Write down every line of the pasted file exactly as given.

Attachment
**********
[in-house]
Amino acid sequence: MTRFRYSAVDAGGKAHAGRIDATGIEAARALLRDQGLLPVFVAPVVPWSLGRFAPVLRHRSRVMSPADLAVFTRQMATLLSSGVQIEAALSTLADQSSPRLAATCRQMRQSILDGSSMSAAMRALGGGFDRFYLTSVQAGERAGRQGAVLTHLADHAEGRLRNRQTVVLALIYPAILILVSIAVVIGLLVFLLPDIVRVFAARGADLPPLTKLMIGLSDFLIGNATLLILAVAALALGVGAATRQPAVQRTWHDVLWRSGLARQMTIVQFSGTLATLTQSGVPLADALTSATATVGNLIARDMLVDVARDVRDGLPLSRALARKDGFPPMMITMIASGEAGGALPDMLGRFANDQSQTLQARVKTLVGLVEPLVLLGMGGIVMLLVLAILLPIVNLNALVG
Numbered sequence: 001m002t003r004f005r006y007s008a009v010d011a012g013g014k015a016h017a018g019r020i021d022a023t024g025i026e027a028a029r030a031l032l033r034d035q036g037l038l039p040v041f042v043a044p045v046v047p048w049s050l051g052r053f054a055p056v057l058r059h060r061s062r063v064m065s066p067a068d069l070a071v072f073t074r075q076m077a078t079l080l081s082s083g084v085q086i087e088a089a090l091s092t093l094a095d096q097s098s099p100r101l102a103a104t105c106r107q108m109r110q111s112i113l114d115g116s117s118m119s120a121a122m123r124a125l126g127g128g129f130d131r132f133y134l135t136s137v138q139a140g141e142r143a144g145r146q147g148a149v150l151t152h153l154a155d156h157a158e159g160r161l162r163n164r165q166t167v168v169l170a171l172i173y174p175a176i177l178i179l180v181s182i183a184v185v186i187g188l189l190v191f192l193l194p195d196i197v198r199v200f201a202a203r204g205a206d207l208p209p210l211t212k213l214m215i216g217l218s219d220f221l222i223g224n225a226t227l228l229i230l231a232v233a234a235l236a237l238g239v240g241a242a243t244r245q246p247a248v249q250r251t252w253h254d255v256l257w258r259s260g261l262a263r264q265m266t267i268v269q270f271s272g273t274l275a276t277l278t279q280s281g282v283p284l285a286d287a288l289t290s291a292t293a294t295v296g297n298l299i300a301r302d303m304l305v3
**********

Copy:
[in-house]
Amino acid sequence: MTRFRYSAVDAGGKAHAGRIDATGIEAARALLRDQGLLPVFVAPVVPWSLGRFAPVLRHRSRVMSPADLAVFTRQMATLLSSGVQIEAALSTLADQSSPRLAATCRQMRQSILDGSSMSAAMRALGGGFDRFYLTSVQAGERAGRQGAVLTHLADHAEGRLRNRQTVVLALIYPAILILVSIAVVIGLLVFLLPDIVRVFAARGADLPPLTKLMIGLSDFLIGNATLLILAVAALALGVGAATRQPAVQRTWHDVLWRSGLARQMTIVQFSGTLATLTQSGVPLADALTSATATVGNLIARDMLVDVARDVRDGLPLSRALARKDGFPPMMITMIASGEAGGALPDMLGRFANDQSQTLQARVKTLVGLVEPLVLLGMGGIVMLLVLAILLPIVNLNALVG
Numbered sequence: 001m002t003r004f005r006y007s008a009v010d011a012g013g014k015a016h017a018g019r020i021d022a023t024g025i026e027a028a029r030a031l032l033r034d035q036g037l038l039p040v041f042v043a044p045v046v047p048w049s050l051g052r053f054a055p056v057l058r059h060r061s062r063v064m065s066p067a068d069l070a071v072f073t074r075q076m077a078t079l080l081s082s083g084v085q086i087e088a089a090l091s092t093l094a095d096q097s098s099p100r101l102a103a104t105c106r107q108m109r110q111s112i113l114d115g116s117s118m119s120a121a122m123r124a125l126g127g128g129f130d131r132f133y134l135t136s137v138q139a140g141e142r143a144g145r146q147g148a149v150l151t152h153l154a155d156h157a158e159g160r161l162r163n164r165q166t167v168v169l170a171l172i173y174p175a176i177l178i179l180v181s182i183a184v185v186i187g188l189l190v191f192l193l194p195d196i197v198r199v200f201a202a203r204g205a206d207l208p209p210l211t212k213l214m215i216g217l218s219d220f221l222i223g224n225a226t227l228l229i230l231a232v233a234a235l236a237l238g239v240g241a242a243t244r245q246p247a248v249q250r251t252w253h254d255v256l257w258r259s260g261l262a263r264q265m266t267i268v269q270f271s272g273t274l275a276t277l278t279q280s281g282v283p284l285a286d287a288l289t290s291a292t293a294t295v296g297n298l299i300a301r302d303m304l305v3